• Hell is a static state of being—endless nothing.
  • Aloneness will eternally pierce your soul.
  • There will be an unrelenting sense of loss and crushing guilt;      you will know that God did not send you to hell; you chose to be there.      You will realize how foolish it was to take God for      granted—or to have ignored him and his loving call to good and moral      living.
  • You will suffer a never-ending and never-satisfied hunger and      thirst for God, for love, for belonging.

The Opportunity—A New Perspective

The opportunity is to develop an ever-deepening understanding of who we are as creatures of God, our God who becomes, through Jesus, our Father.

  • Find time to be still, alone, to reflect; let God give you      his peace.
  • Let your heart and mind go into the depths of God’s love and      mercy.
  • Let the joy of Mary and Joseph, seep into the depths of your      being.
  • Rejoice with the angels and the shepherds.
  • Walk in the light of the Lord.
  • Put on the armour of divine light; put on Jesus Christ.
  • Remember: Christmas and Easter are One. Christmas points to      Easter and to what comes between.

Be faithful to this daily visit with God. You will come to know and understand his commanding invitation:

Be still and know that I am God (Ps 46:10).

And then you will look forward, beyond Easter, to that Second Coming of the Lord—that glorious day when we will at last be with God in body and soul.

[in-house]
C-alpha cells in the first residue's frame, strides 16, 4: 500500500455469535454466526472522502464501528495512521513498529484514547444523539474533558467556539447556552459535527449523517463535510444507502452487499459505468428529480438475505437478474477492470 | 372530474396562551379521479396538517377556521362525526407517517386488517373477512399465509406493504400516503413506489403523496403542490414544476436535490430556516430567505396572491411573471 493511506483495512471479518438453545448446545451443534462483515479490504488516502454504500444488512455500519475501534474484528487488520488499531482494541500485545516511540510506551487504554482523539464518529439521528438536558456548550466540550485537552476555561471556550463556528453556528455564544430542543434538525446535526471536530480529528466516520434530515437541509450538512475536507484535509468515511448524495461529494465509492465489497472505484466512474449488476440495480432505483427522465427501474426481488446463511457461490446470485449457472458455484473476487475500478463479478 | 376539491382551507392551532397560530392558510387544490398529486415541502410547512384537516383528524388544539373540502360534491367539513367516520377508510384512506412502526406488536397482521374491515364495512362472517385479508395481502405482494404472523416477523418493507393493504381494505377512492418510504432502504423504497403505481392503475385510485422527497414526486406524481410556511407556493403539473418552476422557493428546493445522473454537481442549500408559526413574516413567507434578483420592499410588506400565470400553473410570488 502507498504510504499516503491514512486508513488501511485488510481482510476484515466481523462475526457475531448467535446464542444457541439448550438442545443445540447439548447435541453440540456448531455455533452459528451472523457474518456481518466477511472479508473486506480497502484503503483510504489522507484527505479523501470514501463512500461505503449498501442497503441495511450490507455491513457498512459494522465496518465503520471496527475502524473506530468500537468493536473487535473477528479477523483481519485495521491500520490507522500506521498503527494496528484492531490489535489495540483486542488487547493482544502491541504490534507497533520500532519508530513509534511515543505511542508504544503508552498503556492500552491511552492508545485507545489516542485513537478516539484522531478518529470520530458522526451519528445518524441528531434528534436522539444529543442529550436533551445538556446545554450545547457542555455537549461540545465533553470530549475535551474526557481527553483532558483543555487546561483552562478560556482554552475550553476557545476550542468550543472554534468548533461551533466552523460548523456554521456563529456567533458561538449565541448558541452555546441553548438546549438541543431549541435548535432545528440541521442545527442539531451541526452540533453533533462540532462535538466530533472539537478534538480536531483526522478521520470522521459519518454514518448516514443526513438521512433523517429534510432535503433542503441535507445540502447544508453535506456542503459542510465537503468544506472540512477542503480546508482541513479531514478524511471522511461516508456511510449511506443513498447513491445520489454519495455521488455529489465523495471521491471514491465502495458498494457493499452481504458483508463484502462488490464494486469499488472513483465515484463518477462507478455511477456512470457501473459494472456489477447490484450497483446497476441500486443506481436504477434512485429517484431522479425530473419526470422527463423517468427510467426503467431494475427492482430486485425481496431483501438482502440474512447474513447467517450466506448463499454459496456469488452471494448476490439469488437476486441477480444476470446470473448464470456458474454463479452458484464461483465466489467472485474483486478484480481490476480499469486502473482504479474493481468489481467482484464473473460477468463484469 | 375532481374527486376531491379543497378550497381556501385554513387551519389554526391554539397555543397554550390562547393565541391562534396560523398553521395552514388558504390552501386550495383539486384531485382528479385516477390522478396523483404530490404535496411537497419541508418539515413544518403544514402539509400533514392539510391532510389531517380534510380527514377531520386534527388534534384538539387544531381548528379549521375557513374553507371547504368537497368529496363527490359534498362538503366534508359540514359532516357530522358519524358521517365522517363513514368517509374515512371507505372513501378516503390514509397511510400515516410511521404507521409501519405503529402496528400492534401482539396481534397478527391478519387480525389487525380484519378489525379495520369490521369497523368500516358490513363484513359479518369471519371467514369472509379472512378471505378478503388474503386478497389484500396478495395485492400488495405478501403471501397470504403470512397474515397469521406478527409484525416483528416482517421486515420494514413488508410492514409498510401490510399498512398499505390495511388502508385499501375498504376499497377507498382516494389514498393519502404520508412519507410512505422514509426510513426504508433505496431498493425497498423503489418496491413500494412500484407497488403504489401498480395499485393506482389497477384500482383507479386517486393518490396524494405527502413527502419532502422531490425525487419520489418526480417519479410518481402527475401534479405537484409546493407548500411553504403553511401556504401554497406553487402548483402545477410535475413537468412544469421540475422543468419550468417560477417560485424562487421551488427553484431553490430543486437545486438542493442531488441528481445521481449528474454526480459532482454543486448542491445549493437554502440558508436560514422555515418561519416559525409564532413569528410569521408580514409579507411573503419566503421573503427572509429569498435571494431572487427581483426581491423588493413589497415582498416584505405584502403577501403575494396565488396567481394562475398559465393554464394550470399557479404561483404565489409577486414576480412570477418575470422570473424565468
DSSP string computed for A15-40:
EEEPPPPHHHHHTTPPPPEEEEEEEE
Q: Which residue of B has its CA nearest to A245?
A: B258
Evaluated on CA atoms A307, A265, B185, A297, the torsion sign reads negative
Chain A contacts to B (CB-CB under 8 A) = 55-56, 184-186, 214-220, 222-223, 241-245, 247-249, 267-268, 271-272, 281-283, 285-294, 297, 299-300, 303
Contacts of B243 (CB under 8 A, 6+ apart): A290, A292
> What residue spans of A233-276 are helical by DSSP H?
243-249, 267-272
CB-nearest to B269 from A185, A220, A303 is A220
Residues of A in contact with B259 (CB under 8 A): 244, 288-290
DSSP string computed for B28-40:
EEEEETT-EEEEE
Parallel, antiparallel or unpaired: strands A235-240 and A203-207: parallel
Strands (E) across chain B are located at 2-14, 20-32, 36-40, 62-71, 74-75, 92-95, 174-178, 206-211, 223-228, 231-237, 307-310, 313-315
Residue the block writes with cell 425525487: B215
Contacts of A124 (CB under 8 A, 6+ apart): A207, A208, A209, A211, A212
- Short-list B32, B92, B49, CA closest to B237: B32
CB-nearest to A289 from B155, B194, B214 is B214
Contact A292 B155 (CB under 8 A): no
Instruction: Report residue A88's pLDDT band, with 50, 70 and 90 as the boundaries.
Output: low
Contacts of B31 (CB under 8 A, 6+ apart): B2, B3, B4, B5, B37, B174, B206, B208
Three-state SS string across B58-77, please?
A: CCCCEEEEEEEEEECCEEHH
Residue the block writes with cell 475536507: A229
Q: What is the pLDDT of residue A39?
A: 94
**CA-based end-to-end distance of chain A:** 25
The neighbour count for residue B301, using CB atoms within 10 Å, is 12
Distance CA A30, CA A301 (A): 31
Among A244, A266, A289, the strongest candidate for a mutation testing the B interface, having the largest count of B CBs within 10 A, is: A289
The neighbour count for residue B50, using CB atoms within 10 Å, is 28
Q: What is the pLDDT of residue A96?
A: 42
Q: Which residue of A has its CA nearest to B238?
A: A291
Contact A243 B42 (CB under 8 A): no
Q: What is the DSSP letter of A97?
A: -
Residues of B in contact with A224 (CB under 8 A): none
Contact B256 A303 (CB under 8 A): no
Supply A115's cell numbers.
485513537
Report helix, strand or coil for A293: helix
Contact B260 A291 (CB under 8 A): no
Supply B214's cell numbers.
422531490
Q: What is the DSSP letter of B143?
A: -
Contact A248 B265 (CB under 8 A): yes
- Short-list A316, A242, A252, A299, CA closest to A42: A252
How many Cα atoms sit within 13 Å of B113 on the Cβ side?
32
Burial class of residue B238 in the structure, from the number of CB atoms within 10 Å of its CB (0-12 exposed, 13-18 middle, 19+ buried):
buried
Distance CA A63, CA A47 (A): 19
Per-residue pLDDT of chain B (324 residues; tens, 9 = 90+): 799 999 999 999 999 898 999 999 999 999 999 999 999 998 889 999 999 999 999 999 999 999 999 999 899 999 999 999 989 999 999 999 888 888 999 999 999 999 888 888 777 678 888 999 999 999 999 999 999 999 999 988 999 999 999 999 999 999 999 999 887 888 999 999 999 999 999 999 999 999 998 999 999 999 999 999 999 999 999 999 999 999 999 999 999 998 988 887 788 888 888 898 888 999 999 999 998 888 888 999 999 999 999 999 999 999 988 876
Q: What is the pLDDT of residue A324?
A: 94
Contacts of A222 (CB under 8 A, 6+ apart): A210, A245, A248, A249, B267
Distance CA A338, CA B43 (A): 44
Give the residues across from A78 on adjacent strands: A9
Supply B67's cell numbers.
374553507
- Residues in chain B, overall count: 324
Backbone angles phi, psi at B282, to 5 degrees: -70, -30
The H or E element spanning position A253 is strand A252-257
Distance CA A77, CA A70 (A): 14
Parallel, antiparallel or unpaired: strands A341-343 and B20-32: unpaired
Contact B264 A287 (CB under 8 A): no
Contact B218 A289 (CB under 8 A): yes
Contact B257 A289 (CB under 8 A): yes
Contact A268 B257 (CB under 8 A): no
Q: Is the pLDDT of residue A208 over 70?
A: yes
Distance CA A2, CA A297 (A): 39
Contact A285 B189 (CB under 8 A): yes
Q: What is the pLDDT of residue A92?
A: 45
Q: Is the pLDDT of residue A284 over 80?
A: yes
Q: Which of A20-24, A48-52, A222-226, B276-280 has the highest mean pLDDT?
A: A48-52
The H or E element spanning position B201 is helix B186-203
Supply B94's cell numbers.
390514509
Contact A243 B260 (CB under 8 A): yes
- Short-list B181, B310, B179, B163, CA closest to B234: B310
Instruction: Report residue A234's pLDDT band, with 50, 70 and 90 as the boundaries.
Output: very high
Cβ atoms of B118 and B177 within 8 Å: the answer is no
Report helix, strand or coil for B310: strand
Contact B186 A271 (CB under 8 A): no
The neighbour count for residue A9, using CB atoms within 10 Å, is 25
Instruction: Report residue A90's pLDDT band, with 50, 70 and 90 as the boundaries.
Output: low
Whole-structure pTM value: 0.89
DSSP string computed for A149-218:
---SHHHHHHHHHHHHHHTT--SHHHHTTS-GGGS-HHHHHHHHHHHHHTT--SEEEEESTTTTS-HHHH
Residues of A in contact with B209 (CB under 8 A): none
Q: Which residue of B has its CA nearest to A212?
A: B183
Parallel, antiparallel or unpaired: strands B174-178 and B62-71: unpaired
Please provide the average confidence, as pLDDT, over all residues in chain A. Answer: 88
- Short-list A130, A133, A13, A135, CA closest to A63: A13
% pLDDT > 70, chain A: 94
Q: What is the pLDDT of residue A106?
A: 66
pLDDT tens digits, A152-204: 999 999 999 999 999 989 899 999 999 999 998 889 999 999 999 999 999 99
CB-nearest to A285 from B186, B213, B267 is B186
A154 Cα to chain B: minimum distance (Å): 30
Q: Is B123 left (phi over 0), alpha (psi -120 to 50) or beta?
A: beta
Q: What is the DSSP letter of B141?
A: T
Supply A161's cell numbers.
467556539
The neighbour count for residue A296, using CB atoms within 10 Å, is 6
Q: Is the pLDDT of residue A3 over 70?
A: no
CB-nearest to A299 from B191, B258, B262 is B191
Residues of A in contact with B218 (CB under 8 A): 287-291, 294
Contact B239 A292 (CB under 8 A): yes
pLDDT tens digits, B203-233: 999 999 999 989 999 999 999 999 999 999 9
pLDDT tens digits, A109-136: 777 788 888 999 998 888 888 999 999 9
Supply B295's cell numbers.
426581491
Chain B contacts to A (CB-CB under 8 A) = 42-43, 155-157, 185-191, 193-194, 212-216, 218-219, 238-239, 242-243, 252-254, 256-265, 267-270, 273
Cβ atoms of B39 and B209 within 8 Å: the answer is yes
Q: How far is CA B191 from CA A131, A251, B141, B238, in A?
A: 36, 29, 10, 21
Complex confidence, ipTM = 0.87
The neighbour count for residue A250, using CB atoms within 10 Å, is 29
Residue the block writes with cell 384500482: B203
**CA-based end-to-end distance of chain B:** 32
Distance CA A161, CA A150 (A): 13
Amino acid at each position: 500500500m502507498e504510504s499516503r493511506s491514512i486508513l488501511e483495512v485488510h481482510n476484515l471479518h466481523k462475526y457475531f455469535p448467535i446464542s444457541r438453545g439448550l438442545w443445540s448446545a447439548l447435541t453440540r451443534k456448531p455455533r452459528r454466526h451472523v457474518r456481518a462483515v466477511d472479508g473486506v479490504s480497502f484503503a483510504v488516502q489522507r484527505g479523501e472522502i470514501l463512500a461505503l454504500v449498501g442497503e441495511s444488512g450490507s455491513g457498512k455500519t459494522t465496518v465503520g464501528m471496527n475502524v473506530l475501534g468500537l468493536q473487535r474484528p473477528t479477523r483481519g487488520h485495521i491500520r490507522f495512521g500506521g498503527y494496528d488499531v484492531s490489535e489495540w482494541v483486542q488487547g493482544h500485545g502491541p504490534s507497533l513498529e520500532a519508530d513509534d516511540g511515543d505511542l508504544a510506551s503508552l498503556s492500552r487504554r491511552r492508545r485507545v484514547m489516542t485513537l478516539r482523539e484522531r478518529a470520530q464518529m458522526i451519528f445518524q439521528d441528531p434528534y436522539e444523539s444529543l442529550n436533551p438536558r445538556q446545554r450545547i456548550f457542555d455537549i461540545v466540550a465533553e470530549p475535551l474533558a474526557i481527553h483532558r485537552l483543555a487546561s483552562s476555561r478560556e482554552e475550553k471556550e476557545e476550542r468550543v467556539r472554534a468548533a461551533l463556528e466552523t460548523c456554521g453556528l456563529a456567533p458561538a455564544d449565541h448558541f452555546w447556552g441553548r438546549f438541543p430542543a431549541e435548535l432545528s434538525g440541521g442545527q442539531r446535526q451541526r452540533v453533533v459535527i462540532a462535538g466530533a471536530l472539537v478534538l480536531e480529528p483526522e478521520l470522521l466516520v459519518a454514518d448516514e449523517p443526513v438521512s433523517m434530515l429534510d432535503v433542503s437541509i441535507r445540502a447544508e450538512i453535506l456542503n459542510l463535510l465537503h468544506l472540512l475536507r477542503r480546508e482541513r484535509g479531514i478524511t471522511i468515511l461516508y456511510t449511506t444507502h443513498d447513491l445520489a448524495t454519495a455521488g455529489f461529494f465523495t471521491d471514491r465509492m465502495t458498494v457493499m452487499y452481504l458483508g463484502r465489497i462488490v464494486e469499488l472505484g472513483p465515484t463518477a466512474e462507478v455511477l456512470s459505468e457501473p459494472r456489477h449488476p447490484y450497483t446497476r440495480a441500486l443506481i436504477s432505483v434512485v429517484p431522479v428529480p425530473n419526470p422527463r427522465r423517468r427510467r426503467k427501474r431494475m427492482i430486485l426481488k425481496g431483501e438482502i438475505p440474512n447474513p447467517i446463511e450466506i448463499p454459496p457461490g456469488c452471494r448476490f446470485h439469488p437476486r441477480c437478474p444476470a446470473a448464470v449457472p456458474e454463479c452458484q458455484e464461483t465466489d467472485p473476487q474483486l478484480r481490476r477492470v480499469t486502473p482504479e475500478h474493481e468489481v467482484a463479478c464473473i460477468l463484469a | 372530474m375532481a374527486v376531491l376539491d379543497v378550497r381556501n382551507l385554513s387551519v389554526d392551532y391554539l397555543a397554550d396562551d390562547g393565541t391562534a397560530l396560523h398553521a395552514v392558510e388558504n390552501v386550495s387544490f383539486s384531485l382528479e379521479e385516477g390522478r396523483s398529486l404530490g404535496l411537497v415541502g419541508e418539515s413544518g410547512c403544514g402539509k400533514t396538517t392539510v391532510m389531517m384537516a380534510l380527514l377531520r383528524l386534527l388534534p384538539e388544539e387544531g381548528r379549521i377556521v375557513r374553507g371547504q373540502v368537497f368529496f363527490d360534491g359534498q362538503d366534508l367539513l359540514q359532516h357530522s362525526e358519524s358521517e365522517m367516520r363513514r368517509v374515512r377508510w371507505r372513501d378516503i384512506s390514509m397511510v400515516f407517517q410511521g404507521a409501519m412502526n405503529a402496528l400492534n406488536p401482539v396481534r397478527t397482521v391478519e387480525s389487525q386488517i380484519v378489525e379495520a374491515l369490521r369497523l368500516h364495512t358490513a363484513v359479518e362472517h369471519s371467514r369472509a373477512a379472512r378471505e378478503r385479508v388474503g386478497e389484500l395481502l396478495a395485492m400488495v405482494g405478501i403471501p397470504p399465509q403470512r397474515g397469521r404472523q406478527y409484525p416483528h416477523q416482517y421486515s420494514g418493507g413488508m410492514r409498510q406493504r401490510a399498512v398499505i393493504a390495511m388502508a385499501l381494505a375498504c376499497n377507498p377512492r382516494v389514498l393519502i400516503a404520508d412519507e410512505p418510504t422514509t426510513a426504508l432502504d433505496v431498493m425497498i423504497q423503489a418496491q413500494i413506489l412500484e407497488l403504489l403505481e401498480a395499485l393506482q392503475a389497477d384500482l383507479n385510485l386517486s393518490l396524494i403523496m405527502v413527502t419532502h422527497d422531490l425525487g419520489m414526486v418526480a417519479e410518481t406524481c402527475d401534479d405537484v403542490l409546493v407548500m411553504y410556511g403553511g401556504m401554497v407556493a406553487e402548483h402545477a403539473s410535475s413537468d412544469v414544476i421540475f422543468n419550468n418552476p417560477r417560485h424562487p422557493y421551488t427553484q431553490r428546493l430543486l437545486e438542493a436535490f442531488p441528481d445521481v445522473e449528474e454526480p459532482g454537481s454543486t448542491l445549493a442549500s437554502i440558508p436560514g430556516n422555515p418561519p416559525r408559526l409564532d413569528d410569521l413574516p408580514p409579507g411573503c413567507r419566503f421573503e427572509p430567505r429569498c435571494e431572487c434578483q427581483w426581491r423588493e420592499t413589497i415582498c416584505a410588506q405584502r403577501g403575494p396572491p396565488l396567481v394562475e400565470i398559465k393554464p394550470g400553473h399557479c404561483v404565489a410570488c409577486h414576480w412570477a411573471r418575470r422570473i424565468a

And now … Merry Christmas!

Christmas at a Traffic Light

7 Dec

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I was headed west from Longwood on 434 and had stopped for the red light at 436. Over to my right and one car ahead, I noticed a driver in a late-model grey sedan.

I found it strange that I should notice him and not others around me. Somehow, when I saw him, from behind and at an angle, I felt an unusual sense of connection, even though I did not know him, he did not see me, or even know that I exist.

He was of dark complexion, tight black hair clipped closely to his scalp, and he was running a short-bristled brush over his head.

He was just there, as I was, waiting for the light to change. Who was he? What were his joys and sorrows?

I wondered, “If we ever met in a store, would we speak or just walk on by?”

The light changed.

Merry Christmas … friend.

He went his way.

I went mine.